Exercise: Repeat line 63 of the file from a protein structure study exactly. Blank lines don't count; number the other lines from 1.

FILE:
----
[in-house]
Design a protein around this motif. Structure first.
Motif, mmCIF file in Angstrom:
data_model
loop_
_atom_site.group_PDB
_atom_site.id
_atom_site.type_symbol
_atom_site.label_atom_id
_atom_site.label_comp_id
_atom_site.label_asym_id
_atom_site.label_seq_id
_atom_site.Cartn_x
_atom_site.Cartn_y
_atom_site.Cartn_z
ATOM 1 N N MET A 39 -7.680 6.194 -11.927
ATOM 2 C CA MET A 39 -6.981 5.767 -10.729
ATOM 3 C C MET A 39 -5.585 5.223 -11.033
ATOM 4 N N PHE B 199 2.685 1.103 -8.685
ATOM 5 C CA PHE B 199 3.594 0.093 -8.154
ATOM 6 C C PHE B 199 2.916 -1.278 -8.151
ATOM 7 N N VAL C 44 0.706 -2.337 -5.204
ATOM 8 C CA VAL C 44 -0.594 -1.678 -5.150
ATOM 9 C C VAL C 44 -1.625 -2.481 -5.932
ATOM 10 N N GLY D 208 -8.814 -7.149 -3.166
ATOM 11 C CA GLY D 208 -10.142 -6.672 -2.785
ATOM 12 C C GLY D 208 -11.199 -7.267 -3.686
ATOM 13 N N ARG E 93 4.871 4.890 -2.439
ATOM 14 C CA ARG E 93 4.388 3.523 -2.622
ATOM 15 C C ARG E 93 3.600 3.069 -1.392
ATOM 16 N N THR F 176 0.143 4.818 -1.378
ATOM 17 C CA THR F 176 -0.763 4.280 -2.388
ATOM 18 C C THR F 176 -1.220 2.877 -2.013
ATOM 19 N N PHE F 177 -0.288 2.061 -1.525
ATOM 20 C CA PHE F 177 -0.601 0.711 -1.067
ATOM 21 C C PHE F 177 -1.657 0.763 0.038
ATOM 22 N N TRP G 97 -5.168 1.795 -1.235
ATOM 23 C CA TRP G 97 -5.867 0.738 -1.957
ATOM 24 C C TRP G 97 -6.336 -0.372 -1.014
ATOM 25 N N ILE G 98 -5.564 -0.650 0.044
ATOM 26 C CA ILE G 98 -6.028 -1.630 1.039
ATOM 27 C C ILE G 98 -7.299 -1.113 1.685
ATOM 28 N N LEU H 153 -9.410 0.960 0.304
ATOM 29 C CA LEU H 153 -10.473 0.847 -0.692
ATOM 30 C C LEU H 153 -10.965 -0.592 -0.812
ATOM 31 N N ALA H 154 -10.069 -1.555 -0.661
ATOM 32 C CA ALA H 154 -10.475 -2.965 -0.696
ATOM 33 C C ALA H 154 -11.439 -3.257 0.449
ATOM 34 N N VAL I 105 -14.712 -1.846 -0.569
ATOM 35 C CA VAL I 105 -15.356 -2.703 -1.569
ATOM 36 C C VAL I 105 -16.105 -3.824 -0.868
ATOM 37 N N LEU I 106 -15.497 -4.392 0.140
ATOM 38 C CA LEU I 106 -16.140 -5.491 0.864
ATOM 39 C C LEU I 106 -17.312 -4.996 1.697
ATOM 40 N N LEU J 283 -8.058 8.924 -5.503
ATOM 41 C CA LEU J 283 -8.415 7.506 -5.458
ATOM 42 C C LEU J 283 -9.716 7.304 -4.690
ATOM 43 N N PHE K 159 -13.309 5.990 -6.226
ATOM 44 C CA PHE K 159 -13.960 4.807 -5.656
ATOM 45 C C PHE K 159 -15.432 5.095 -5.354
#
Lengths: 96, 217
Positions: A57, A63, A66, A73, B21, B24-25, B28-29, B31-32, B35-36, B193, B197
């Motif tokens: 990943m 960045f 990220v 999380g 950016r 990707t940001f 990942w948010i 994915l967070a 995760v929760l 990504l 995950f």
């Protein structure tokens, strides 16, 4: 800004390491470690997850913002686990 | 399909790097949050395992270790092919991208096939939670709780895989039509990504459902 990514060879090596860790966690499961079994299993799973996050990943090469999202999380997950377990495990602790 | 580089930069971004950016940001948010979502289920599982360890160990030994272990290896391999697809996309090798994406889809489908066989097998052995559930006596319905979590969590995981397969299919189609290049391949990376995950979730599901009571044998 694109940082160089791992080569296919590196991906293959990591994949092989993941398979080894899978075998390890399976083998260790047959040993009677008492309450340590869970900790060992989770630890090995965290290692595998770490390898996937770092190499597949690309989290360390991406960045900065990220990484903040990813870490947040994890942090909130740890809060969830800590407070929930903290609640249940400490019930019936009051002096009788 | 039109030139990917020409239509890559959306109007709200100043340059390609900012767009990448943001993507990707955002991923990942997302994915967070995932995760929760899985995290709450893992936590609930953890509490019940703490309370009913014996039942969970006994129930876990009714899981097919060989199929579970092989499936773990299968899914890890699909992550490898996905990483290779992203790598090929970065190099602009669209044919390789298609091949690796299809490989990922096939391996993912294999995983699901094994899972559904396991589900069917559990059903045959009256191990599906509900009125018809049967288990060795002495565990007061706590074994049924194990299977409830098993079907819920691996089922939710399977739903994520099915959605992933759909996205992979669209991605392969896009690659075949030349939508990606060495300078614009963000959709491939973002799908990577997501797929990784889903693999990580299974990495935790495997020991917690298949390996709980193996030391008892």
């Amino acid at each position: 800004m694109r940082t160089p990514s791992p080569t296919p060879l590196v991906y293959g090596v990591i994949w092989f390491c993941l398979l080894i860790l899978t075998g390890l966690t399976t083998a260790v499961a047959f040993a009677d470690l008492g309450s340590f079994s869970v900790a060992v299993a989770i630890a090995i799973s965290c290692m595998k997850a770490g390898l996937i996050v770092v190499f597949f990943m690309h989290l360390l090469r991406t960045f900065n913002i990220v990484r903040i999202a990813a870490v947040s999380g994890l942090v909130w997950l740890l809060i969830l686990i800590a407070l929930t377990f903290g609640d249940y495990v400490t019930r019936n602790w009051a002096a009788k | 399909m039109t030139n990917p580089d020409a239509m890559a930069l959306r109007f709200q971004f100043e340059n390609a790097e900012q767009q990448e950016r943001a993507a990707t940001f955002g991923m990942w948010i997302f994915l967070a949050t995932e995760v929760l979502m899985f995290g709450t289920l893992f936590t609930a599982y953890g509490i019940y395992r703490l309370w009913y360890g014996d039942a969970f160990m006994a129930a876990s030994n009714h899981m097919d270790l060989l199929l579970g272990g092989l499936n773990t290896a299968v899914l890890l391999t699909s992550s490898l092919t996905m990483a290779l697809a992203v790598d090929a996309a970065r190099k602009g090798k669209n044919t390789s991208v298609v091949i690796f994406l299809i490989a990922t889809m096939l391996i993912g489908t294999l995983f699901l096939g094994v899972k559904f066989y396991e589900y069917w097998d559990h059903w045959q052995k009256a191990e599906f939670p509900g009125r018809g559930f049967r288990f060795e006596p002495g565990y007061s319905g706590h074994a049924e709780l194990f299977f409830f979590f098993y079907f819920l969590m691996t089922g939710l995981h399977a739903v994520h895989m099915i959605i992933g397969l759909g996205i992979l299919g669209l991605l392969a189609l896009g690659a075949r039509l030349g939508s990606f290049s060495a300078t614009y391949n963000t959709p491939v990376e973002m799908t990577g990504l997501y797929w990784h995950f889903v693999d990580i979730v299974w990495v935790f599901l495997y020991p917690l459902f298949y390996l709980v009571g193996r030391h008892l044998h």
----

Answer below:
Positions: A57, A63, A66, A73, B21, B24-25, B28-29, B31-32, B35-36, B193, B197